Saturday, September 18, 2021

Strand Theatre works for revitalization

The Strand Theatre has been part of the Plattsburgh community since 1924. It first began as a vaudeville stage, a stage that featured entertainment such as burlesque comedy and song and dance.

Over the years the theater has served as the premier theater in downtown Plattsburgh. In May 2014, the North Country Cultural Center of the Arts merged with the Strand Theatre to form the Strand Center for the Arts.

In 2011, they launched a campaign to try and raise $2.2 million, which was the amount needed to complete the renovation.

Starting Oct. 6, the Strand Center began sending out surveys to collect information from Plattsburgh State students and the community in hopes to improve the provided classes and events.

“The Strand Theatre was a big place to entertain during the ’30s, ’40s, and ’50s,” Jessica Dulle, Executive Director of the Strand Center for the Arts, said.

Dulle said the theatre has a long history of serving entertainment to the community. The theater acted as a movie theater at one point in its history. She added that although it was a main source of entertainment, the theatre was closed for a stretch of time.

Part of the purpose of the survey was to make sure the theatre will continue to provide the community with events they will enjoy.

“One of the things we want to do is show classic movies like silent films, mob films, westerns,” Dulle said. The theatre wants to bring people back by showing the history of the building.

Another aspect Dulle wants to focus on for the revitalizing for the Strand Theatre is building the performance class program.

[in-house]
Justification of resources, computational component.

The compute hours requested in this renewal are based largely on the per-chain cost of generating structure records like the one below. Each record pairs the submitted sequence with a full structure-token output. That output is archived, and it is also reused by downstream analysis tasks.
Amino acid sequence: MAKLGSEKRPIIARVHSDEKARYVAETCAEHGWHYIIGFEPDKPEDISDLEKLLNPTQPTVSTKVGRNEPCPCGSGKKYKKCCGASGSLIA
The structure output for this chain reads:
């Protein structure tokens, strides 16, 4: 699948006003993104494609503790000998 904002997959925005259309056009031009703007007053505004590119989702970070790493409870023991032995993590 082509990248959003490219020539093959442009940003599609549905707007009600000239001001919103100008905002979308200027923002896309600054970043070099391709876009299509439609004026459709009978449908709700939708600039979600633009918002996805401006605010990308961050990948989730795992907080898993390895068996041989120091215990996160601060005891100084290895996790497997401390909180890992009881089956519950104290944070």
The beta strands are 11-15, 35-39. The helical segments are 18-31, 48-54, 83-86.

Dulle wants to make sure their audience selects the programs that best fit them. “We want to see what people want, whether it be theatre, kid dance classes or ballroom classes,” she said.

The theatre among many others things, has been the place for local musicians, actors and dancers to perform and showcase their talents. She also wants to get instructors to teach classes at the building.

Dulle said many organizations, choir groups and performers rent out the theatre from time to time.

“A lot of local performers call this (theatre) their home,” she said.

In addition to the renovations and survey, the theatre will be hosting an International Film Festival in November, a blues concert called, “Blues and Brews,” featuring the talents of several blues musicians and a fundraiser to benefit the Center of the Arts on Oct. 18 at 6 p.m.

Dulle hopes the feedback given from the survey, which ends Nov. 3, will help improve the center and get it back to its roots. Dulle is also open to using surveys in the future to better both the theatre and the center.

Email David Luces at david.luces@cardinalpointsonline.com.

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